What too many people ignored, though, were his contributions on the defensive end. Once the team was left to fend for itself without the defensive stud, people soon began to understand how important he is to the team’s success.
Still, his multiple shortcomings on the offensive end cannot be ignored. He is just 11-of-33 from beyond the arc since returning, and that percentage is far lower if two games are omitted.
That said, credit must be given to Green for his aptitude as a defender, even if his offense could use refinement.
From the onset of the 2013-14 season, Boris Diaw made it perfectly clear that he was going to leave it all on the table during his contract year.
Known as the epitome of a well-rounded player, the French forward has become one of the team’s premier bench players and most consistent role players.
He has excelled on the shooting front, posting above averages from mid-range, down low and deep while also maintaining his status as one of the league’s most unique big men, given his ability to distribute.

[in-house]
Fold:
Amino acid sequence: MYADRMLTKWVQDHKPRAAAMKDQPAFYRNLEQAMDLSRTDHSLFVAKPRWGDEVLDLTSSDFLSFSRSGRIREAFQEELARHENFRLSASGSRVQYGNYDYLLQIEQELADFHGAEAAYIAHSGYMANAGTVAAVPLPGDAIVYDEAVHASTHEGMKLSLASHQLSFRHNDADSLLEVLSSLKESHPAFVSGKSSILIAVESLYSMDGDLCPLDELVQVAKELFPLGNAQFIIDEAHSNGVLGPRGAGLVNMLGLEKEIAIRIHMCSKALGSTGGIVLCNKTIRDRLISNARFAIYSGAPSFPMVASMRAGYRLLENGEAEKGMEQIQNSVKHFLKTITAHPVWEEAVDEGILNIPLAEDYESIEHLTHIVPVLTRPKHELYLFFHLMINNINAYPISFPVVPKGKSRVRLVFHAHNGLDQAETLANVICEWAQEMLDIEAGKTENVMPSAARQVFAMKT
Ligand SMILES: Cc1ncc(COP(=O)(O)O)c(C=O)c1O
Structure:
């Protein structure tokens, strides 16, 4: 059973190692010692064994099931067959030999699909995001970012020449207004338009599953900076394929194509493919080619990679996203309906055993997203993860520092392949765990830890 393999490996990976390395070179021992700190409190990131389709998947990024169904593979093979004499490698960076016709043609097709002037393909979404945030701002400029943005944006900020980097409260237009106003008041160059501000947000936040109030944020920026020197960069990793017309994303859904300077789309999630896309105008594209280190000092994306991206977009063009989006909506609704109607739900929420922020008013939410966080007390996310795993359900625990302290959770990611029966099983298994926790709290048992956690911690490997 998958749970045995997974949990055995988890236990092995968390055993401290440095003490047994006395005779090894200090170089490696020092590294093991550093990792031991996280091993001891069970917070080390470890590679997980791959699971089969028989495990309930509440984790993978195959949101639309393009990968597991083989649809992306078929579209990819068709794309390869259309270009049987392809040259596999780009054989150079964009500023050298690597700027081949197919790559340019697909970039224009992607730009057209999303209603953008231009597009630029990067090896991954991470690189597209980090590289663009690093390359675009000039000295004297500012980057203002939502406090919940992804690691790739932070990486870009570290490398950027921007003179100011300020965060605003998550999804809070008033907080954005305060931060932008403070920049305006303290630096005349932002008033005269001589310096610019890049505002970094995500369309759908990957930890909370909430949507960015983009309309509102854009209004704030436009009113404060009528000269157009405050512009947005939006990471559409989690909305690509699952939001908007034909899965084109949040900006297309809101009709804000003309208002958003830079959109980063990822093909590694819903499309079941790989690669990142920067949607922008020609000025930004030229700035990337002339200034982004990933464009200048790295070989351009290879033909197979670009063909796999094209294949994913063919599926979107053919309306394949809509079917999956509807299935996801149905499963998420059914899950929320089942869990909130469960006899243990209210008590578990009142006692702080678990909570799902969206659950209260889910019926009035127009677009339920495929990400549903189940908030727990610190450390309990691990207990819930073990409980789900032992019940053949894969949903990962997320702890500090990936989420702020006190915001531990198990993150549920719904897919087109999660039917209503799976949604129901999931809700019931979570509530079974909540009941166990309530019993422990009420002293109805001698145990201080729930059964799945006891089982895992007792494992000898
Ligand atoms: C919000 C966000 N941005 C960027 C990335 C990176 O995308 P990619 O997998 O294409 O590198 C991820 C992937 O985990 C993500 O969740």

On defense, he has made a jump, and while his frame and athleticism—or lack thereof, for that matter—may suggest otherwise, he is an above-average presence on the defensive end.
Especially given the team’s shallow frontcourt, Diaw has been one of the most valuable contributors this season.
He has been an X-factor thus far, and with Tiago Splitter’s health a perpetual concern, Diaw will continue to be invaluable in his service as a post presence and overall two-way spark.
What to make of Tiago Splitter?
I, like many other Spurs followers, have developed a strong, favorable opinion regarding the big man.
Defensively, he is statistically the team's best player, and his variety of offensive tools makes him a valuable asset as a post player and distributor. On the boards, he is one of the team's few capable rebounders, and his extended absence revealed San Antonio's reliance on his size and talent.
However, much of the fanbase is not nearly as enamored.
His "softness" has always been questioned—most recently by coach Gregg Popovich, who seemed disturbed by his big man's inability to play through injury, per San Antonio Express News' Jeff McDonald:
Pop not exactly thrilled to be w/o his starting C tonight: "Robert Parish would have played hurt, right? I think Larry Bird played hurt."— Jeff McDonald (@JMcDonald_SAEN) February 8, 2014
Admittedly, it can be touch watching Splitter throw away an easy two points by avoiding a dunk or failing to make an offensive rebound count.
Still, he is in the midst of refining his offensive game to complement his defensive ability, and once he returns to full health, he'll have the second half of the season as a canvas to further manifest his value.